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On Tyranny: Twenty Lessons from the Twentieth Century Paperback – 2 Mar 2017
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"The most coherent manifesto on confronting Trump… powerful." (Sarah Ditum New Statesman)
"Snyder’s beautifully weighted book is the perfect clear-eyed antidote to [Trump's] deliberate philistinism … Always measured in their observation, these 128 pages are a brief primer in every important thing we might have learned from the history of the last century, and all that we appear to have forgotten … You will read no more relevant field guide to that wisdom than this book." (Tim Adams Observer)
"On Tyranny is a slim book that fits alongside your pocket constitution and feels only slightly less vital... Clarifying and unnerving… a memorable work that is grounded in history yet imbued with the fierce urgency of what now." (Carlos Lozada Washington Post)
"Following paths trodden by Hannah Arendt, Czeslaw Milosz and Václav Havel, Snyder has written a manifesto for surviving the political rampages of our time with our rights and freedoms intact… Snyder’s book is addressed to the American reader, but its message is broader. Read in Budapest or Warsaw, it will have an especial resonance … Slim and accessible, On Tyranny is a book to read quickly, ponder slowly and pass on" (Annabelle Chapman Prospect)
"Urgent, indignant, winningly ragged in execution, On Tyranny is in the best tradition of polemical pamphlets. Timely agitprop, it offers some relief from Trump anxiety disorder." (Lewis Jones Daily Telegraph)
"Steeped in the history of interwar Germany, Snyder writes with bracing immediacy about how to prevent, or at least forestall, the repression of lives and minds." (Washington Post)
"We are rapidly ripening for fascism. This American writer leaves us with no illusions about ourselves" (Svetlana Alexievich, winner of the 2015 Nobel Prize for Literature)
"On Tyranny will help you keep going for the next four years, or however long it takes." (Masha Gessen)
"He is undoubtedly a scholar of great distinction and authority… If more people follow Snyder’s injunctions to read newspapers, avoid falling for contrived online “scandals”, make friends across national boundaries and remember professional ethics then the world will indeed be a better place." (Michael Gove The Times)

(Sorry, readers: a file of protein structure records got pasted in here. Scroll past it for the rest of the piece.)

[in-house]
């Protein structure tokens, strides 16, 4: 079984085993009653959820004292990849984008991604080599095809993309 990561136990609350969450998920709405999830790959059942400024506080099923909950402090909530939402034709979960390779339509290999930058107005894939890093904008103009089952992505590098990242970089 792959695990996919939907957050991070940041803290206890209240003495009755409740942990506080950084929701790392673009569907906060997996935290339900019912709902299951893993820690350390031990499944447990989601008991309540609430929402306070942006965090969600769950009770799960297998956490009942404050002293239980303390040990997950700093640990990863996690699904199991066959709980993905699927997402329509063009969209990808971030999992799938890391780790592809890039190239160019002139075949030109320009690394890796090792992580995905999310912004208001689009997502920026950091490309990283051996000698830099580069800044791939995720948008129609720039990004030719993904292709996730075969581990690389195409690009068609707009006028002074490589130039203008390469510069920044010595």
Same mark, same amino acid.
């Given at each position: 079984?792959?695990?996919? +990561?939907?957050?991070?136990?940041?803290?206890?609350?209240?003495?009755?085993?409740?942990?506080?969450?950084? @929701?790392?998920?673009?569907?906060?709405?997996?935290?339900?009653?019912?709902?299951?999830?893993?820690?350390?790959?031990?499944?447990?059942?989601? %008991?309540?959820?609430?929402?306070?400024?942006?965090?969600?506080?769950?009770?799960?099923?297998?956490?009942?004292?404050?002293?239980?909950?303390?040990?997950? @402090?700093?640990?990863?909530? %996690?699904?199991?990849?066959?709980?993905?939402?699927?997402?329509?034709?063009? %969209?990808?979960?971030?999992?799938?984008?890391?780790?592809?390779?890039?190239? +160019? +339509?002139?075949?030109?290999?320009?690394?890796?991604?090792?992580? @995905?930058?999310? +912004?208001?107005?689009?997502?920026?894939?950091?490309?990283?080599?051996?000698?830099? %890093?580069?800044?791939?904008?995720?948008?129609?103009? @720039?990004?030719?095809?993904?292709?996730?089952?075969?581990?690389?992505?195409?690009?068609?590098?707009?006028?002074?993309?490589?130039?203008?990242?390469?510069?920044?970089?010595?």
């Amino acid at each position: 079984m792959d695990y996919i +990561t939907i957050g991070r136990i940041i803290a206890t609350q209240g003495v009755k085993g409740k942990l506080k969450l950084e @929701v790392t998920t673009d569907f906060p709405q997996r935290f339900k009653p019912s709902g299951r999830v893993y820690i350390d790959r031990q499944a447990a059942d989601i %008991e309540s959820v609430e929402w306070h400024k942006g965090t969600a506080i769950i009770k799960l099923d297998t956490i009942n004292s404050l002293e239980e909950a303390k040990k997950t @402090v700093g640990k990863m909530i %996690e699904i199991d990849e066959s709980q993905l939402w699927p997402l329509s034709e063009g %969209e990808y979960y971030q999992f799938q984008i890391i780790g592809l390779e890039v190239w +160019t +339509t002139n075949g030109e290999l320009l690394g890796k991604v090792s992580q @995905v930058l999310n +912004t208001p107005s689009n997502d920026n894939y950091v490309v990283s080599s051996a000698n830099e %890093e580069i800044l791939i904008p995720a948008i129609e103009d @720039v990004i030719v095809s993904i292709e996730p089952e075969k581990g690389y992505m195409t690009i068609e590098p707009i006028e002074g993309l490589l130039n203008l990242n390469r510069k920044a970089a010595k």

"In an erudite yet accessibly manner, with brevity and precision, Snyder draws on his prodigious knowledge of 20th century despotism to present 20 sobering lessons for dealing with the Trump phenomenon" (Muhammad Idrees Ahmad National)
About the Author
Timothy Snyder is Levin Professor of History at Yale University, and has written and edited a number of critically acclaimed and prize-winning books about twentieth-century European history: his most recent book, On Tyranny, was an international bestseller. Previous books include Black Earth, which was longlisted for the Samuel Johnson Prize and won the annual prize of the Dutch Auschwitz Committee; and Bloodlands, which won the Hannah Arendt Prize, the Leipzig Book Prize for European Understanding, the Ralph Waldo Emerson Award in the Humanities and the literature award of the American Academy of Arts and Letters.
Snyder is a frequent contributor to the New York Review of Books and the Times Literary Supplement. He is a member of the Committee on Conscience of the United States Holocaust Memorial Museum, a permanent fellow of the Institute for Human Sciences, and sits on the advisory council of the Yivo Institute for Jewish Research.
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This brief 128-page book is a guide for the responsible citizen to help maintain their democratic society’s institutions and norms in the age of rising authoritarian populism, in 20 short chapters with titles like ‘Beware the One-Party State’, ‘Remember Professional Ethics’ and ‘Believe in Truth.’ Snyder illustrates each chapter with examples from history of how autocrats took control in stages in Nazi Germany, Stalinist Russia and communist states in eastern Europe such as Czechoslovakia and Poland.
The writing is punchy, literate and of impressive brevity. There may be little new here for the intelligent and history-aware reader, but Snyder nevertheless reveals some gems: an explanation of the autocratic practice of ‘terror management’; the mechanism of how ‘truth dies in four modes’ (i.e. stages, each with a name and defining characteristics), and the subtle but important differences between a narrative based on “the politics of inevitability” and one firmly rooted in “the politics of eternity”; both are essentially ahistorical, but the latter far more dangerous.
Some reviewers claim the book is about Donald Trump as president. In fact, Trump is hardly mentioned and this book is not about Trump as president per se, but about principled actions each citizen might undertake to support democracy in the face of those in power who would seek to undermine or destroy it. If many of these calls to action are more pertinent in the age of Trumpism, the timing of the book’s publication may be no coincidence.
In his chapter on how nationalism is different to patriotism, the author explains that a nationalist fooled by an aspiring autocrat/tyrant ‘will say “it can’t happen here”, which is the first step to disaster. A patriot says that it could happen here, but that we will stop it.’
Not very good value for how short it is, and the fact that you need to spend time researching yourself what the author talks about.
An example: "It is not patriotic to read a foreign policy speech written by someone on the payroll of a Russian energy company". The book won't tell you who it is.